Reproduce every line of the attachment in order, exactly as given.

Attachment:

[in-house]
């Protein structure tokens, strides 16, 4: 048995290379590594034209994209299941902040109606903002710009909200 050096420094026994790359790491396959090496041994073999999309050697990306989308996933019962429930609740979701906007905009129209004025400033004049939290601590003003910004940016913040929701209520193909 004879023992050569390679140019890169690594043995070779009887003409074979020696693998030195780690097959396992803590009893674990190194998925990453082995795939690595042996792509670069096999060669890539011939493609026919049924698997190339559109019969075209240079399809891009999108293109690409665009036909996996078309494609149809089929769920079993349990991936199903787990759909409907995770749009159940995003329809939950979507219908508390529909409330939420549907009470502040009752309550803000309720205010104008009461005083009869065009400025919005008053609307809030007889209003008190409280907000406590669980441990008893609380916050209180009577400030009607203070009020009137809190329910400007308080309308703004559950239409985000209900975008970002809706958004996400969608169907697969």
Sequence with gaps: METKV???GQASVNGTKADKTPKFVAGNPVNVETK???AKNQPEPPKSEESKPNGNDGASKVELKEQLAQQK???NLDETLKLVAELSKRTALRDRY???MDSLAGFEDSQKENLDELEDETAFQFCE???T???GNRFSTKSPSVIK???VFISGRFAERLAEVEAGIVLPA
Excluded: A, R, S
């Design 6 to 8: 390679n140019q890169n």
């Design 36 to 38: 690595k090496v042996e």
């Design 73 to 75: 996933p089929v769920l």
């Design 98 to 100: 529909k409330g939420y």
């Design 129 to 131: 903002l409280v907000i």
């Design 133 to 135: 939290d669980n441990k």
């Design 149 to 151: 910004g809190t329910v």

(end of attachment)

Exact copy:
[in-house]
């Protein structure tokens, strides 16, 4: 048995290379590594034209994209299941902040109606903002710009909200 050096420094026994790359790491396959090496041994073999999309050697990306989308996933019962429930609740979701906007905009129209004025400033004049939290601590003003910004940016913040929701209520193909 004879023992050569390679140019890169690594043995070779009887003409074979020696693998030195780690097959396992803590009893674990190194998925990453082995795939690595042996792509670069096999060669890539011939493609026919049924698997190339559109019969075209240079399809891009999108293109690409665009036909996996078309494609149809089929769920079993349990991936199903787990759909409907995770749009159940995003329809939950979507219908508390529909409330939420549907009470502040009752309550803000309720205010104008009461005083009869065009400025919005008053609307809030007889209003008190409280907000406590669980441990008893609380916050209180009577400030009607203070009020009137809190329910400007308080309308703004559950239409985000209900975008970002809706958004996400969608169907697969």
Sequence with gaps: METKV???GQASVNGTKADKTPKFVAGNPVNVETK???AKNQPEPPKSEESKPNGNDGASKVELKEQLAQQK???NLDETLKLVAELSKRTALRDRY???MDSLAGFEDSQKENLDELEDETAFQFCE???T???GNRFSTKSPSVIK???VFISGRFAERLAEVEAGIVLPA
Excluded: A, R, S
């Design 6 to 8: 390679n140019q890169n």
């Design 36 to 38: 690595k090496v042996e």
């Design 73 to 75: 996933p089929v769920l």
């Design 98 to 100: 529909k409330g939420y």
């Design 129 to 131: 903002l409280v907000i």
């Design 133 to 135: 939290d669980n441990k």
């Design 149 to 151: 910004g809190t329910v």